Human rights in China

China detains editor of human rights website in subversion probe

If convicted, editor could be sentenced to life in prison

PUBLISHED : Friday, 25 November, 2016, 2:17pm
UPDATED : Friday, 25 November, 2016, 11:12pm

The editor of a Chinese website monitoring human rights issues has been detained on suspicion of subverting state power, according to an announcement on the website.

Liu Feiyue, founder of the website Minsheng Guancha, was taken away earlier this month by police in the city of Suizhou, Hubei province. The site said Liu’s family had been told he was under investigation for subversion, a vaguely defined charge often levelled against human rights activists and dissidents.

Minsheng Guancha, known in English as Civil Rights & Livelihood Watch, was founded in 2006 and documents protests, land seizures, unannounced detentions and other alleged human rights violations that are typically ignored by China’s state-run media.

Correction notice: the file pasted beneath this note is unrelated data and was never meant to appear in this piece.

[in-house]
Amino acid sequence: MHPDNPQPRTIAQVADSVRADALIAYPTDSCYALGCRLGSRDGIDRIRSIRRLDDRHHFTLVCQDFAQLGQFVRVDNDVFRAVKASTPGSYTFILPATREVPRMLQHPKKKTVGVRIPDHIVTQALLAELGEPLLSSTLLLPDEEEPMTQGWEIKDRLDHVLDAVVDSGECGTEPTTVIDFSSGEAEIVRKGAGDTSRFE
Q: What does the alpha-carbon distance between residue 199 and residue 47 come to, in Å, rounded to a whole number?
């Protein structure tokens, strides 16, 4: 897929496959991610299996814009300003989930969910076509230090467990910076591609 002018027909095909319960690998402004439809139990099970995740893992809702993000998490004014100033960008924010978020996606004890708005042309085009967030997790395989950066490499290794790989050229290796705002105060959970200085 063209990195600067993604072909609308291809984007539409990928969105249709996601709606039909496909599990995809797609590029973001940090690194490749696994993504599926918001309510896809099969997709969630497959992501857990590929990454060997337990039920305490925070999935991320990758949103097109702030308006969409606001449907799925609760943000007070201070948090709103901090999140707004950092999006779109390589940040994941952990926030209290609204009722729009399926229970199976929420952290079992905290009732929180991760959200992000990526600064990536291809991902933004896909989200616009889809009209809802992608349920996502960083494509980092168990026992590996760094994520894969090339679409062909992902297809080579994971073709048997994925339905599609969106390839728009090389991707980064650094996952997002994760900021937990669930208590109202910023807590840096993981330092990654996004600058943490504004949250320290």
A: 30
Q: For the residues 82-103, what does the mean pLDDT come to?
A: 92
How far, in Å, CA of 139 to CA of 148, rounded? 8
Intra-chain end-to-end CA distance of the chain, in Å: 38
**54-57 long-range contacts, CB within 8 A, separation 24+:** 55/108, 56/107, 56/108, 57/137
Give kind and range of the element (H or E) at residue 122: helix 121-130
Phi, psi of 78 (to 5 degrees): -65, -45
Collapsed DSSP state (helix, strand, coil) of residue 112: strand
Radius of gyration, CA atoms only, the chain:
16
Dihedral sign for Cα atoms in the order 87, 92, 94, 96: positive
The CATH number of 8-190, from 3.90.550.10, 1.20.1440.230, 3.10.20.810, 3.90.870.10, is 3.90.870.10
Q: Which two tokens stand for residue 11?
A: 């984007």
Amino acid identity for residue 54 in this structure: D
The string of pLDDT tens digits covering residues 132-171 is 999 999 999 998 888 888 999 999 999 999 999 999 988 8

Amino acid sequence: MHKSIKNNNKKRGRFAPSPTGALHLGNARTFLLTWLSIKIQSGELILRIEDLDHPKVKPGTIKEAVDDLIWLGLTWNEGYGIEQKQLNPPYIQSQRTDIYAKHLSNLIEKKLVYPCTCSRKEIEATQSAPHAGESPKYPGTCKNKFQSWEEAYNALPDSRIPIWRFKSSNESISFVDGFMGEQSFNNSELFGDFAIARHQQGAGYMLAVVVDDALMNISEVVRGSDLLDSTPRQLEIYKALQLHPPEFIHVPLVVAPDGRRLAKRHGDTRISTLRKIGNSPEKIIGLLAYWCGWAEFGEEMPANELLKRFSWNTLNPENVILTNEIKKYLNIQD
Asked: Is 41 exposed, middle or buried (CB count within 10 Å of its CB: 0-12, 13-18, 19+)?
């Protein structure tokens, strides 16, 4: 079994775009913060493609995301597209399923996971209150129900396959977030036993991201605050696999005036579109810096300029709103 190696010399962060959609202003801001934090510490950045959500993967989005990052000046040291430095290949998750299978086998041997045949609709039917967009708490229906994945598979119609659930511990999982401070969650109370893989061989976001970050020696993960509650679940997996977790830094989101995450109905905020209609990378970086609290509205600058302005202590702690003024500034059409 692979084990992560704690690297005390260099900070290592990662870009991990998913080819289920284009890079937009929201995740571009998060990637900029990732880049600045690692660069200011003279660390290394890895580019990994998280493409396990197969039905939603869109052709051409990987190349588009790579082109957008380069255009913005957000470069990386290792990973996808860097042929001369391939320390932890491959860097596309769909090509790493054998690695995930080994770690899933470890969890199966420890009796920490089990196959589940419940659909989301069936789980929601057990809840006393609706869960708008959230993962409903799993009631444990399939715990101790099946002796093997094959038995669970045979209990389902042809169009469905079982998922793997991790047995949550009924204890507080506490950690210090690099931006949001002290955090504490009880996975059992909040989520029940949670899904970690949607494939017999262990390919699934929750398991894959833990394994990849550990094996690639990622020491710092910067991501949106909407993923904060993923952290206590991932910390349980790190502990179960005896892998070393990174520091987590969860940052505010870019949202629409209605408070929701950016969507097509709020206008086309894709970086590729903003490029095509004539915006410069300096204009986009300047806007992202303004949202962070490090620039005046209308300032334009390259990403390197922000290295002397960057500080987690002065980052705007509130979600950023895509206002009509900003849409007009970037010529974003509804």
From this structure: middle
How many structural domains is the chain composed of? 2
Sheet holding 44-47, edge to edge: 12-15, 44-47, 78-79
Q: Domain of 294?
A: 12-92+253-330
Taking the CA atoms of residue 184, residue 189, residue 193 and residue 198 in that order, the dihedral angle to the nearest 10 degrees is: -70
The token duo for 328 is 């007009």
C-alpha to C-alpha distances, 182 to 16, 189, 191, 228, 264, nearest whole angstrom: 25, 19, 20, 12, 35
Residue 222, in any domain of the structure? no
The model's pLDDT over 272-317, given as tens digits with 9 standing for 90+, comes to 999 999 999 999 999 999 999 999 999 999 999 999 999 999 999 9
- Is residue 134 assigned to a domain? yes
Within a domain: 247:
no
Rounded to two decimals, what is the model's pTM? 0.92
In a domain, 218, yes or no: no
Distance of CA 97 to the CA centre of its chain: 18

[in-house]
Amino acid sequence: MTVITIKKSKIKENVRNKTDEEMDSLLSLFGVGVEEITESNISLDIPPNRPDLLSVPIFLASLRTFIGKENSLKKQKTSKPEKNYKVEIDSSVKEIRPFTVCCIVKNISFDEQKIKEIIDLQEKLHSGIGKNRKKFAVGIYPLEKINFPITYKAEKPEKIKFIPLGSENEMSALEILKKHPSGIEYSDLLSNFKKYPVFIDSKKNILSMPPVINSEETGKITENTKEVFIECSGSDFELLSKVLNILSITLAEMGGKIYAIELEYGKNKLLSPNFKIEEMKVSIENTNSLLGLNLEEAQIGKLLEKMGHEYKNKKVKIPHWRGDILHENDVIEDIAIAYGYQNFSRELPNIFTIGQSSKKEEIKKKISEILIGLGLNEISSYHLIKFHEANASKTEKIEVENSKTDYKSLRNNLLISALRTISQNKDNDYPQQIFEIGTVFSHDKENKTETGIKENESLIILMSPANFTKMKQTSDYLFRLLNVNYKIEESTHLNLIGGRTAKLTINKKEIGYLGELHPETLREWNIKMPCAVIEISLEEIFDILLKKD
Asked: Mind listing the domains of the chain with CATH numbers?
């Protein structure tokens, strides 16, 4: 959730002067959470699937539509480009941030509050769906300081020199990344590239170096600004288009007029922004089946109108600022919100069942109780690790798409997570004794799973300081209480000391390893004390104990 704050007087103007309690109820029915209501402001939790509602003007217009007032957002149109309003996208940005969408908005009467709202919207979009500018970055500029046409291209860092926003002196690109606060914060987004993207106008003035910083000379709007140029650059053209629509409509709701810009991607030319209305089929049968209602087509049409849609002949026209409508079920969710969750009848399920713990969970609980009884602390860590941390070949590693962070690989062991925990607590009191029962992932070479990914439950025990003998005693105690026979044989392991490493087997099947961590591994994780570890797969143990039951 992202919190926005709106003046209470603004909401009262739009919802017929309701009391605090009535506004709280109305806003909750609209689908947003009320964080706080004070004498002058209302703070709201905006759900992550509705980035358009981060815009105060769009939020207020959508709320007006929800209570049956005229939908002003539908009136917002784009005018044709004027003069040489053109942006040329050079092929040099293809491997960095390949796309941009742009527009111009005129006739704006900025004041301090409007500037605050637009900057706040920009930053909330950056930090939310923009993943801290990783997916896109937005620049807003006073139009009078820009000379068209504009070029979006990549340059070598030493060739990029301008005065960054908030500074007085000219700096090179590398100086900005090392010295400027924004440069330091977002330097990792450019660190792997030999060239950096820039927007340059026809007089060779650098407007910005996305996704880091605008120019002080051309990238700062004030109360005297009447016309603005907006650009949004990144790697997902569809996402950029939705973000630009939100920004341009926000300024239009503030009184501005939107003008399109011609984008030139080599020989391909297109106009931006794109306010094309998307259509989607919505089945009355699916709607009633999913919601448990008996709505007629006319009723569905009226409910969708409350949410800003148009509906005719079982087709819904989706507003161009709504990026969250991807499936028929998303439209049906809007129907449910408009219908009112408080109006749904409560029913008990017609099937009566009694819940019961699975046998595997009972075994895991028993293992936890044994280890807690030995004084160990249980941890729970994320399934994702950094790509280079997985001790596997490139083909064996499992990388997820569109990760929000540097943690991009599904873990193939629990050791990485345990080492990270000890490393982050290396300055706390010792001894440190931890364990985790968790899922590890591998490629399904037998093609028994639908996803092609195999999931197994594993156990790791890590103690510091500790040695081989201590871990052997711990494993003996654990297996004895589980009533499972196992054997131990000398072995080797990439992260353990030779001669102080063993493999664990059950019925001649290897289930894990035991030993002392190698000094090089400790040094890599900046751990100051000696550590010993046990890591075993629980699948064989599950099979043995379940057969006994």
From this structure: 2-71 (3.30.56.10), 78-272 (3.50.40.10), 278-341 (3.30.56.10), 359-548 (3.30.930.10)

Rare protest in Beijing appears to involve disgruntled soldiers

Liu has published stories about China’s detentions of dissenters and activists, one of a few people living in mainland China to do so. His website has alleged that China has committed hundreds of perceived troublemakers to mental hospitals under the guise of giving them psychiatric treatment. He has also documented local corruption cases and protests by veterans seeking benefits after their discharge from the military.

Liu has been detained multiple times for brief periods, often during high-profile events such as meetings of the National People’s Congress or international summits.

If he is convicted of subversion, Liu could face life in prison, the maximum penalty for anyone guilty of organising a “scheme of subverting the state power or overthrowing the socialist system”.

Wife of Chinese rights lawyer fears for missing husband

Word of Liu’s detention comes shortly after news that another activist has disappeared. The wife of legal activist Jiang Tianyong said on Thursday that he had not been heard from since Monday. Jiang represented some of China’s most politically sensitive figures in recent years, including the dissident lawyer Gao Zhisheng and blind activist Chen Guangcheng.

Patrick Poon, a researcher for Amnesty International, said the cases of Liu and Jiang were “worrying”, and a possible sign of “another wave of crackdown against human rights defenders”.

An official who answered the phone at the Suizhou public security bureau on Friday said he had no knowledge of Liu’s detention. Calls to Liu’s mobile phone rang unanswered on Friday.